Madison - St. Clair Record

Thursday, November 14, 2019

St. Clair County voters will decide on two proposed 1 percent sales taxes for schools, public safety

By Heather Isringhausen Gvillo | Mar 29, 2017

Law money 06

While two proposed 1 percent sales taxes in St. Clair County could drive shoppers away from an area considered a local hotspot for retail, St. Clair County State’s Attorney Brendan Kelly says the county has to invest in its community in order to grow.

On April 4, voters will decide in separate questions whether to impose the 1 percent sales tax referendums to benefit schools and public safety.

“Strong school, strong public safety, that in the long term means a brighter future for the community,” Kelly said.

He added that the two should not be competing against each other, but should be complementing each other.

“We have to play chess, not checkers, with the future of this community,” he said.

Kelly added that the county must address the public safety issue if it hopes to improve economic development.

He said areas that have access to highways and waterways that would typically be hotspots for economic development are being overlooked by businesses and investors because of the perception that they are not safe based on the “disproportionate rate of crime.”

“If you want to help the county reach its full potential, you have to make it safe,” he said.

Local Chambers of Commerce have not taken public positions on the issue.

Requests for comment from local retailers and outspoken opponents of the sales tax were not answered.

The Illinois Policy Institute is an outspoken critic of tax incrases of any kind, pointing to population outmigration as a consequence of overtaxation.

Sales taxes in particular are "fundamentally regressive and hurt lower-income residents the most," policy analyst Brendan Bakala wrote last month. "And like property taxes, sales taxes also hurt middle-class people, making everything from a trip to the grocery store to holiday shopping more expensive."

Kelly said the county chose to propose the sales tax increase approach to ease the burden on local taxpayers. He explained that 35 percent of the county’s income comes from outside the county.

Neither sales tax applies to groceries, medications or titled vehicles. However, Kelly said it is unclear whether the sales tax would apply to other household necessities like diapers or baby formula.

If passed, each tax is expected to bring in an additional $22 million per year.

The additional $22 million for public safety would be distributed as follows:

-          25 percent, or roughly $5.5 million, for police and fire services distributed to municipalities and unincorporated areas on a per capita basis

-          $2 million for probation services

-          $6 million for jail modernization and renovation

-          $1 million for courthouse security renovations

-          $5.6 million for sheriff’s personnel

-          $500,000 for a county wide-use police shooting range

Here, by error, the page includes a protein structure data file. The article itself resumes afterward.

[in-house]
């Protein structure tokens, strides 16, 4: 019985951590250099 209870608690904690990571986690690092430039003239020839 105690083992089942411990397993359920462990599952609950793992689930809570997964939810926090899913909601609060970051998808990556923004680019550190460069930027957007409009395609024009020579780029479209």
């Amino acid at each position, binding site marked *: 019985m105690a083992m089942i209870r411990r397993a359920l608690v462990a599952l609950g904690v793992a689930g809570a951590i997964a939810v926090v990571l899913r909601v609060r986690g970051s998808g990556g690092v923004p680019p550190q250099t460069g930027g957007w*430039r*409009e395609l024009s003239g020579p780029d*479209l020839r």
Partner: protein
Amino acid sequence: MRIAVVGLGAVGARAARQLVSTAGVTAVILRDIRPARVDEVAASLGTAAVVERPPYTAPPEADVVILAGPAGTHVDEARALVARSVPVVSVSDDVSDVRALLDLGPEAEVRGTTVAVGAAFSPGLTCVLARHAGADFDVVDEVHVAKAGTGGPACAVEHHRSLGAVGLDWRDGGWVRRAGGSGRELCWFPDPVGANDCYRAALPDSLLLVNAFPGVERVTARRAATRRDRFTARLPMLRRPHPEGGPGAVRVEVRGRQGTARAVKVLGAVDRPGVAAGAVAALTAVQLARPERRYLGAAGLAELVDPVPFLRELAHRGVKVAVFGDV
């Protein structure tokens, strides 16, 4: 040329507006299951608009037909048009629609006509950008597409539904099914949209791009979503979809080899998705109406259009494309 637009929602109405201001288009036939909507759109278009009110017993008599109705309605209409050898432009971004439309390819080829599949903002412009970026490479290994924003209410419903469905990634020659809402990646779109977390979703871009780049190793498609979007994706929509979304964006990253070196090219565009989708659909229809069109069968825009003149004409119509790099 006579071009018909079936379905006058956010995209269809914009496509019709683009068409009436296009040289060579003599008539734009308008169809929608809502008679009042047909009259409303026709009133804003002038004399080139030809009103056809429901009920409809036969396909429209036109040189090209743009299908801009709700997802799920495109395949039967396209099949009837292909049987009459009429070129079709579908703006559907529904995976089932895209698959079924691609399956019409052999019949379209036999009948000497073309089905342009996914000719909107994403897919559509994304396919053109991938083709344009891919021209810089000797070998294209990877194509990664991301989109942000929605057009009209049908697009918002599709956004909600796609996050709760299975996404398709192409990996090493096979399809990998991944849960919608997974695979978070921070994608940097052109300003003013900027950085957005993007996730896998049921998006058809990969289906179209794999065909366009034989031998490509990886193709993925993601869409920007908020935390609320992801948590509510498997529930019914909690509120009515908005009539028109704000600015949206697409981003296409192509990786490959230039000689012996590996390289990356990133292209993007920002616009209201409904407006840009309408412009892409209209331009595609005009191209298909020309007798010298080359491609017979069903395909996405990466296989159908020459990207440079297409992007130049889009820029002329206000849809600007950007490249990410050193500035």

-          $50,000 for a county wide emergency alert system

-          $250,000 for State’s Attorney Office crime prosecution and reduction

-          $500,000 to the Metro East Police District Commission for the implementation of District public safety plan

-          $200,000 to the Coroner’s Office

-          $200,000 to support the Child Advocacy Center, Court Appointed Special Advocates, senior citizen neglect and abuse prevention programs and other evidence based crime reduction programs

-          $200,000 for criminal justice information technology integration

The resolution states that the upgrades to jail would “ensure public safety” and “minimize tax payer exposure to civil liabilities,” while also helping to accommodate individuals with mental health issues.  

The public safety tax would only be in effect for 12 years.

The school districts in the county will split the $22 million based on student population. The money would be used for school facilities, including construction, maintenance and renovation.

In support of the proposed sales taxes, a Facebook campaign was started called “Vote Yes for Safety, Vote Yes for Kids, Yes for our Future.”

In a lengthy post on March 28, the campaign states that most St. Clair County homeowners will see their property taxes go down if the sales tax is passed.

“Area school districts have pledged to use a large portion of the funds to abate property taxes, saving the owners of a $100,000 home up to $200, depending on where they live,” the post states.

“The proposed sales tax isn’t a tax increase. It’s a reform of the school funding system that relies on local leaders – not state politicians that local voters can’t kick out of office if they don’t do right by our kids – to decide how are (sic) money is used.

“It’s not about spending more money. It’s about being SMARTER with our money,” the post continues.

“Naysayers speculate the referendum is the work of ‘out of state investment bankers’ who are hoping to profit on new bond issues. But, where this referendum has passed already, the evidence proves that there are two groups who profit the most: property owners and our children,” it continues.

Records at the State Board of Elections show that construction companies and building contractors are supporting passage of the sales tax increase with donations to the group Citizens for St. Clair County Schools.

The single largest contribution of $10,000 came from Poettker Construction in Breese last month.

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